Government

Rising costs lead Manchester to ‘slimline’ bins

Manchester makes ‘vital’ change to slimline bins amidst rising costs
Manchester City Council has approved a move to slimline its residual collections in order to save on increasing disposal costs to councils working under the Greater Manchester Waste Disposal Authority (GMWDA), meaning all Greater Manchester councils have now taken action to restrict residual waste.

The decision, made by the council’s executive yesterday (29 June), will see the current 240-litre bins replaced with smaller 140-litre bins, which will be introduced gradually between August and October this year, and collected fortnightly. A ‘robust approach’ will be taken to side waste and open lids to enforce the residual restriction.

The council is a member of GMWDA along with the eight other Greater Manchester councils: Bolton, Bury, Oldham, Rochdale, Salford, Stockport, Tameside and Trafford.

The GMWDA has a contract with Viridor Laing to dispose of its waste. The costs of this contract are shared between the nine councils and are due to increase based on inflation and population growth. By moving to the smaller bins, Manchester City Council has become the last of the councils to restrict its waste either by volume or frequency.

In the last month alone, Oldham and Salford Councils have agreed to implement three-weekly residual waste collections in search of savings. Trafford, Stockport and Bury Councils are already using reduced residual capacity services, and changes are being made to Tameside, Rochdale and Bolton Councils to reduce their bin sizes over 2015/16.

As part of GMWDA membership, the cost of waste disposal and recycling is divided between the councils by a waste disposal levy. This levy is expected to increase by 9.6 per cent in 2017/18 and 7.6 per cent in 2018/19.

With the projected changes, Manchester City’s levy would increase from £35.02 million in 2015/16 to £41.29 million in 2018/19 if its proportion of Greater Manchester’s residual waste stays the same.

However, as the levy is calculated using the share of the residual waste created by the different councils, the action taken by the other authorities means that without making a change to its own collections, Manchester City could have to pay over £45 million in 2018/19.

Although there will be no change to weekly food and garden waste services, to mitigate the restriction, residents will have the option to increase the capacity of their recycling bins free of charge. Bins will also be fitted with tags, which the council hopes will save money on replacing lost or stolen bins.

The move will also see the immediate removal of bring sites, as the council suggests there is a reduced need for them since the implementation of kerbside recycling collections. All black bins will also be recycled at no cost to the council.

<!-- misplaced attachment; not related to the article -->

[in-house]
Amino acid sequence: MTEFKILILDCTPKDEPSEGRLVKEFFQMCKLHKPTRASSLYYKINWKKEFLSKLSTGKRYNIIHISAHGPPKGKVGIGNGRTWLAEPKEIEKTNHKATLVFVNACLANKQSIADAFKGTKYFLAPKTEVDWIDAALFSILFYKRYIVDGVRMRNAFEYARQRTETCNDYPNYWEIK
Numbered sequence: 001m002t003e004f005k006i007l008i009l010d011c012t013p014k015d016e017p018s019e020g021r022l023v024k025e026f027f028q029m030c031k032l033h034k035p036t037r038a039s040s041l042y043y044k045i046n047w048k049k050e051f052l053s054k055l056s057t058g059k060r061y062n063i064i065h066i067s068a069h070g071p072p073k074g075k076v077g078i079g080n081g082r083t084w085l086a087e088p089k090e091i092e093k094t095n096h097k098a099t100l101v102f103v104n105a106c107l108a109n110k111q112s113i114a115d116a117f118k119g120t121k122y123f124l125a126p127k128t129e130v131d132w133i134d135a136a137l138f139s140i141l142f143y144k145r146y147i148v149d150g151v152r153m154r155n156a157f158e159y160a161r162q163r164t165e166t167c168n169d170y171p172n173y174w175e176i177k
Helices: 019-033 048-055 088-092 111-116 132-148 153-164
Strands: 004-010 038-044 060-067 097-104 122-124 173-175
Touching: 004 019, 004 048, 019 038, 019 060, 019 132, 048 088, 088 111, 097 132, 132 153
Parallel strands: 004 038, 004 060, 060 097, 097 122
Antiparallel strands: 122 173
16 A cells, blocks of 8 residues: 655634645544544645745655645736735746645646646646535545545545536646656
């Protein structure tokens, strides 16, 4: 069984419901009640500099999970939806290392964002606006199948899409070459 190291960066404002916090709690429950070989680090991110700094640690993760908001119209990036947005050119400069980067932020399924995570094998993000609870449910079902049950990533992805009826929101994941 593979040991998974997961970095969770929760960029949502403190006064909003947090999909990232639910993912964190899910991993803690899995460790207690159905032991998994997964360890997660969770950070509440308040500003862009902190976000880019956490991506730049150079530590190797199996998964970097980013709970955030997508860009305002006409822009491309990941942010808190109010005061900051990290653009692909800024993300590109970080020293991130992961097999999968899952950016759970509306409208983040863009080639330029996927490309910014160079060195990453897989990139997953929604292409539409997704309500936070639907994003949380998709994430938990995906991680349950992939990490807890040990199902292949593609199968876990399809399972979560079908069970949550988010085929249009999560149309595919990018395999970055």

New system details

The council previously reduced its residual collections to fortnightly, which increased its recycling rates from 2009/10 levels of 18.8 to 32 per cent last year, which still represents the lowest rate amongst the Great Manchester authorities.

This means it carries the highest disposal costs, and in 2015/16 spent £36 million on disposal. To save the target £2.4 million, residual arisings will have to be reduced by 7,000 tonnes, or seven per cent.

Currently 171,000 tonnes of waste are collected each year but only 32.8 per cent of this is recycled. Black bag analysis in 2011 and 2014 showed that over 50 per cent of waste disposed of in residual bins was recyclable. 

Recycling every item of recyclable waste collected in the area, the council says, would save an estimated £16.5 million per year. The proposed closing of bring sites will help save around £42,000 per annum in disposal costs as the majority of waste deposited there is landfilled due to a high level of contamination.

The change to the programme will require some initial investment. The total cost to the council would be £686,000 of one-off costs, including the addition of three recycling rounds to cope with higher presentation of recyclables and coordination of the 140-litre bin delivery. The replacement of residual bins will also require a capital investment of £1.72 million.

‘Vitally important we take action now’

Speaking to the Manchester Evening News, Councillor Nigel Murphy, Executive Member for Neighbourhoods, said: “When recyclable waste is not recycled in the bins provided, it harms the environment and also means that money is effectively being thrown away.

“It’s vitally important that we take action now to boost the city’s recycling rates. Doing nothing is not an option and the savings of £2.4 million per year made will help us to protect other council services that residents care about, such as road maintenance, leisure centres and play facilities for children.

“We know that the alternative option of moving to three-weekly collections for the existing black bins was unpopular with residents, which is why we have decided to maintain the current collection patterns, but provide new, slimmer grey bins for non-recyclable waste.

“We are confident that this change can be implemented effectively and will continue to work with residents to increase the amount of waste that is recycled in Manchester.”

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